The effects of teacher assistants on student achievement (Best Evidence in Brief)

There is a new Best Evidence in Brief and this time I picked this study from this biweekly newsletter written up by José L. Arco-Tirado, Faculty of Education, University of Granada (Spain) and Xirui Tian, Johns Hopkins University.

A recent study published in Educational Evaluation and Policy Analysis addresses the perennial question in education if resources matter and, if so, which ones. To respond to this question, during a period of cutbacks in teacher assistants (TAs) induced by recession, the authors examined whether teacher assistants and other non-teacher staffing influence the outcomes of elementary school students.

After using panel data and regression analysis statistical techniques, the authors found evidence that TAs have positive effects: a) across core curriculum subjects like reading and math, with the most robust effects on reading, including cost-effectiveness in reading; b) on the academic performance of students of color, particularly in high-poverty districts; and c) on school-level proficiency rates, particularly among non-White students and those in high-poverty districts.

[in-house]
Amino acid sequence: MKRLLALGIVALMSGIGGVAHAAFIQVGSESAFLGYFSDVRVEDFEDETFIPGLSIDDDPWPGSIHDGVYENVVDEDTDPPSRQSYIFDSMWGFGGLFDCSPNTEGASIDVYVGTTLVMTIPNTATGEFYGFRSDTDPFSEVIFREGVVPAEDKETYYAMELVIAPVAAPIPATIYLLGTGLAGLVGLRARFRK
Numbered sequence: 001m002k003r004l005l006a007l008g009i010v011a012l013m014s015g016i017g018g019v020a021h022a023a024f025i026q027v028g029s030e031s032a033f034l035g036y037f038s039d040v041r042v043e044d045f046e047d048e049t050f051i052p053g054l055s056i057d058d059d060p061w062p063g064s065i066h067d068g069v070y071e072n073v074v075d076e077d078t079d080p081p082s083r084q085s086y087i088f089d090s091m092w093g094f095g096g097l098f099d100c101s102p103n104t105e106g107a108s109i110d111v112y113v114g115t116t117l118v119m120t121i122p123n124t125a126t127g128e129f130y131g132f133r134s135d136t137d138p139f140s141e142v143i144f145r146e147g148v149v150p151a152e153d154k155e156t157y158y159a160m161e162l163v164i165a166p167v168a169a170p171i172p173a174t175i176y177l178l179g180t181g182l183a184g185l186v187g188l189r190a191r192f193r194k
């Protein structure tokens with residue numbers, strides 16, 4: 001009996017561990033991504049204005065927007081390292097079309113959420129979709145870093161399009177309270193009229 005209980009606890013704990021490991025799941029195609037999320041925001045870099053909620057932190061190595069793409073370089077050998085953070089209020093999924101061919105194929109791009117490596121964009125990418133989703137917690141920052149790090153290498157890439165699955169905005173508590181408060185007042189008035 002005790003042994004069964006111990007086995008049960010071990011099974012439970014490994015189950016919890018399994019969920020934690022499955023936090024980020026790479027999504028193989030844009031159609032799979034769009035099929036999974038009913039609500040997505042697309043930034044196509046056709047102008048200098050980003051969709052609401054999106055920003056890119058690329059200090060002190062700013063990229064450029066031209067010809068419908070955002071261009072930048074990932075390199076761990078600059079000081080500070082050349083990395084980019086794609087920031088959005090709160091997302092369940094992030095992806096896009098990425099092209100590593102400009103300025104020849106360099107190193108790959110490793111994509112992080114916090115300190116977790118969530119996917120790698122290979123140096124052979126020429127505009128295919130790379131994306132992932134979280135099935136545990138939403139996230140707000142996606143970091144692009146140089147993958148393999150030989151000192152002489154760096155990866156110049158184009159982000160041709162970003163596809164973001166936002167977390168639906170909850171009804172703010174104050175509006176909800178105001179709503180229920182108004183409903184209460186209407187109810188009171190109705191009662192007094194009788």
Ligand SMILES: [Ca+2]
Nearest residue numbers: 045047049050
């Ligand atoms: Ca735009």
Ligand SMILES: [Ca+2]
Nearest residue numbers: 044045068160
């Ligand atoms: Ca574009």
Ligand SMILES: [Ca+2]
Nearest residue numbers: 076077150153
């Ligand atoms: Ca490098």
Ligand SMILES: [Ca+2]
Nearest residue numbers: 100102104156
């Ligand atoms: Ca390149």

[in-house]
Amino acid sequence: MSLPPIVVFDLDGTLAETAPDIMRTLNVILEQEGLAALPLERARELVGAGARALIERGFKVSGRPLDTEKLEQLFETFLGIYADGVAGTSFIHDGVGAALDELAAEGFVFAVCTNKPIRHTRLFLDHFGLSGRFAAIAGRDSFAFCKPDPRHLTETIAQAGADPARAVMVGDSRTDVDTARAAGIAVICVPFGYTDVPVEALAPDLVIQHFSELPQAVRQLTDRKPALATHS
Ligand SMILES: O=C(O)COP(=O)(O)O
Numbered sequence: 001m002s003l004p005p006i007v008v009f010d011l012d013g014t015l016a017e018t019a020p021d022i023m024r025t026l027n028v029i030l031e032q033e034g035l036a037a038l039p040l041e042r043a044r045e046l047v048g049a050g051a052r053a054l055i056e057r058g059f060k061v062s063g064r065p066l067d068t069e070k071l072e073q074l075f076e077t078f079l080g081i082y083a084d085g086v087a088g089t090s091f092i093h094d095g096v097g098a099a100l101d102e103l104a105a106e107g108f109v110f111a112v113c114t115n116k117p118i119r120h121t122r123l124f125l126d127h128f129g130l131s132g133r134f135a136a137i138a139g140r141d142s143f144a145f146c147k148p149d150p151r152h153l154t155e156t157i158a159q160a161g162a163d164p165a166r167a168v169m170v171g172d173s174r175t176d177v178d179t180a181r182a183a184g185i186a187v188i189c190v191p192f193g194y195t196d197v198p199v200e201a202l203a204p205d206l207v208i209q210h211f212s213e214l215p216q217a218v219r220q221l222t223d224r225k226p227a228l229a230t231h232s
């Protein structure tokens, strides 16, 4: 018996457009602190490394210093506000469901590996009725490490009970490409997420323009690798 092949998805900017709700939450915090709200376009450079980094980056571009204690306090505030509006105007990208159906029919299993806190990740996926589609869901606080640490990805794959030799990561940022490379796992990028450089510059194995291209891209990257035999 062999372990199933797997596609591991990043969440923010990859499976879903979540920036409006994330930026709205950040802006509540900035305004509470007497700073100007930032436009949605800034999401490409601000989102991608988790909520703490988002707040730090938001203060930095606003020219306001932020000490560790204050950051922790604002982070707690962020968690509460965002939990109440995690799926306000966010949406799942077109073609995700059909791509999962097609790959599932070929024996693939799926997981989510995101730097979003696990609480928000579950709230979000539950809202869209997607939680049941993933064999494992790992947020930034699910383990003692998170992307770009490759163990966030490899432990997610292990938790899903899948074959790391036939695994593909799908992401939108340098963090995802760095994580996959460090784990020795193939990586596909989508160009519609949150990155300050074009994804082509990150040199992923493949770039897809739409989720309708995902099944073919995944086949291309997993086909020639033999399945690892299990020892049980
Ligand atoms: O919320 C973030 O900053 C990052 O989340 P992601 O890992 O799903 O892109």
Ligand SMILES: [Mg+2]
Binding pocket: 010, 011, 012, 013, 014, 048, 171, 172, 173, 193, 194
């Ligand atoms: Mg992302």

Specifically, a 10% increase in the use of TAs increased non-White students’ exam performance in reading and arithmetic by 0.01 SDs and 0.008 SDs respectively, as

opposed to 0.003 SD and 0.001 SD for White children. The impacts were roughly twice as substantial for non-White students as for White students, and the use of TAs increased the overall proportion of students who scored proficiently in reading and arithmetic. Authors concluded that more TAs could be crucial in assisting students on the verge of passing to perform well enough on standardized testing to demonstrate competency.

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